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      Oxidation into CO2 is a major solution to CO abatement in air depollution treatments. Due to the increasing price of noble metals and to remarkable progresses in oxide syntheses, catalytic oxidation of carbon monoxide over oxide catalysts has recently gained in interest. In this Review, the kinetics and mechanism of CO oxidation on single and mixed oxides are examined, alongside the catalyst structures.

  6. Minireviews

    1. Top of page
    2. Cover Picture
    3. Graphical Abstract
    4. Editorial
    5. News
    6. Review
    7. Minireviews
    8. Highlights
    9. Communications
    10. Full Papers
    11. Book Reviews
    12. Preview
    1. Overview and Industrial Assessment of Synthesis Strategies towards Zeolites with Mesopores (pages 67–81)

      Robin Chal, Dr. Corine Gérardin, Dr. Metin Bulut and Dr. Sander van Donk

      Article first published online: 7 OCT 2010 | DOI: 10.1002/cctc.201000158

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      Industrial zeolite and magic: The accessibility of zeolites (see figure) is of paramount importance to capitalize on their effectiveness in industrial catalysis. The variety of synthesis strategies proposed today for the preparation of ‘hierarchical’ zeolite materials combining micro- and mesoporosity is discussed.

    2. Recent Advances in the Catalytic Conversion of Cellulose (pages 82–94)

      Stijn Van de Vyver, Jan Geboers, Prof. Dr. Pierre A. Jacobs and Prof. Dr. Bert F. Sels

      Article first published online: 15 NOV 2010 | DOI: 10.1002/cctc.201000302

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      Shift happens: Concerns about the depletion of fossil fuel reserves and the environmental problems related to its use have encouraged the development of new catalytic approaches for producing carbon-based chemicals from cellulosic biomass. Here, recent progress in the implementation of (mainly) heterogeneous acid, bifunctional, and multistep catalysis is reviewed.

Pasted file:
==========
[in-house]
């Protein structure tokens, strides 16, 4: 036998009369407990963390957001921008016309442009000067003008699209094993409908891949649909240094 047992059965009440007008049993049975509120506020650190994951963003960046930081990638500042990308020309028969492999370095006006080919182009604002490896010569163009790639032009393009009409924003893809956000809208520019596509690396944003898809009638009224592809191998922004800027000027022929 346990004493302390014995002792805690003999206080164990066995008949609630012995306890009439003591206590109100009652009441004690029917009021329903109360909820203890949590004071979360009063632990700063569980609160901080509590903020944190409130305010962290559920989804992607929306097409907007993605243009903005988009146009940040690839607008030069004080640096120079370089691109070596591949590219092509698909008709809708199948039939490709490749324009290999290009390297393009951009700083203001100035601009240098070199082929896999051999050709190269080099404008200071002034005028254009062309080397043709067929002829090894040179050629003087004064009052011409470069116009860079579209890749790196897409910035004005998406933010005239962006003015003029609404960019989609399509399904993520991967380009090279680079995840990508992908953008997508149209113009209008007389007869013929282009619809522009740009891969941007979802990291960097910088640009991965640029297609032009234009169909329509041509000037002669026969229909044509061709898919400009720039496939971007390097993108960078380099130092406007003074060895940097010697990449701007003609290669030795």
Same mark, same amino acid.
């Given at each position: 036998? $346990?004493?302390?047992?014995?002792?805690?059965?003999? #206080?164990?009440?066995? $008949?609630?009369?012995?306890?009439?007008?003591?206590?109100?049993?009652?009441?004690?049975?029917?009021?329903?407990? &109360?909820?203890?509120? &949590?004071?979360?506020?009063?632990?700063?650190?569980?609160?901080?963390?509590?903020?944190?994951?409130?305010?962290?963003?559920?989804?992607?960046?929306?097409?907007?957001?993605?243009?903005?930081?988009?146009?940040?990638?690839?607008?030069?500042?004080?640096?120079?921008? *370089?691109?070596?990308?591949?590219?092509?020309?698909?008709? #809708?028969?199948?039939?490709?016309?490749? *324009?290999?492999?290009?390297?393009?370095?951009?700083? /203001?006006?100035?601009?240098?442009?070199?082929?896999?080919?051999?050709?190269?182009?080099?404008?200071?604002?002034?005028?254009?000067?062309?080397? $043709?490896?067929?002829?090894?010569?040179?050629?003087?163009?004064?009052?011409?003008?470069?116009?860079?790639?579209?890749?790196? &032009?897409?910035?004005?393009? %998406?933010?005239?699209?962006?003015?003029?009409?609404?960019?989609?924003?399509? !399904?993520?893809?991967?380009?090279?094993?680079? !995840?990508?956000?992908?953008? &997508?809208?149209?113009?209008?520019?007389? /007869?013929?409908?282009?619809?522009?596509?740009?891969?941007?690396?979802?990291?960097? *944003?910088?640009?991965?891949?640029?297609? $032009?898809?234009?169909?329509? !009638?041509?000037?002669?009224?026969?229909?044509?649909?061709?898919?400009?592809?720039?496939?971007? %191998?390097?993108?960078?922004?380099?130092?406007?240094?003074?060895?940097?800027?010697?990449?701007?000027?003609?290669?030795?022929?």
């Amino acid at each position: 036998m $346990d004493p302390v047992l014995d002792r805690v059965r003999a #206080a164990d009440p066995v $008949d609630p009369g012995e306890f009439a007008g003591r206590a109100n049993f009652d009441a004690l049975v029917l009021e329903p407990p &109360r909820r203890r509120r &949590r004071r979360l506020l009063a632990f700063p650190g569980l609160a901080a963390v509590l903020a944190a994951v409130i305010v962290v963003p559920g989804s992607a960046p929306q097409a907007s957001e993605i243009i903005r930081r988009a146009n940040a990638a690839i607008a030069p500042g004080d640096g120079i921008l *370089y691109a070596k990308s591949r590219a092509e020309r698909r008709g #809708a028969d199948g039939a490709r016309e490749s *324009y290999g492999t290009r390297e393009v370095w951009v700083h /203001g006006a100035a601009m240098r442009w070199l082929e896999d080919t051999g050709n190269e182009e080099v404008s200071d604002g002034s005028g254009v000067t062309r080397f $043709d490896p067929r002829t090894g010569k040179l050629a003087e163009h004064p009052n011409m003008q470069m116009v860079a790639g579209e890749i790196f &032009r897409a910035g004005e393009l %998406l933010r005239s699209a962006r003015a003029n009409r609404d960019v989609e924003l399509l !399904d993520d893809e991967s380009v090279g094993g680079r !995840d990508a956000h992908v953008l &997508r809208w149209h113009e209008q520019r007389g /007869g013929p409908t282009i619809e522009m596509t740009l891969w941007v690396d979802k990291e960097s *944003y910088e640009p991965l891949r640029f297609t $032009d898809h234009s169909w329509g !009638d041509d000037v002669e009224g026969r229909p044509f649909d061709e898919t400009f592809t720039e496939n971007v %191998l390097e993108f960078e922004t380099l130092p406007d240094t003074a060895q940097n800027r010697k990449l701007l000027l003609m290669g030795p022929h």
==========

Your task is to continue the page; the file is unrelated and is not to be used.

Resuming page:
3. Prototype Supported Metal Cluster Catalysts: Ir4 and Ir6 (pages 95–107)

      Dr. Alper Uzun, Prof. David A. Dixon and Prof. Bruce C. Gates

      Article first published online: 22 OCT 2010 | DOI: 10.1002/cctc.201000271

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      Clusterophilia: Iridium offers a range of catalytic properties and forms numerous compounds with small, stable frameworks, including those with a tetrahedral Ir4 framework (see figure) and those with an octahedral Ir6 framework. Supported iridium clusters show catalytic activity in reactions such as ethylene hydrogenation. This Minireview discusses the synthesis, chemistry, and catalytic properties of Ir4 and Ir6 clusters.

  7. Highlights

    1. Top of page
    2. Cover Picture
    3. Graphical Abstract
    4. Editorial
    5. News
    6. Review
    7. Minireviews
    8. Highlights
    9. Communications
    10. Full Papers
    11. Book Reviews
    12. Preview
    1. Creating a Biocatalyst for the Production of an Optically Pure Sterically Hindered Amine (pages 109–111)

      Dr. Francesco G. Mutti, Johann Sattler, Katharina Tauber and Prof. Dr. Wolfgang Kroutil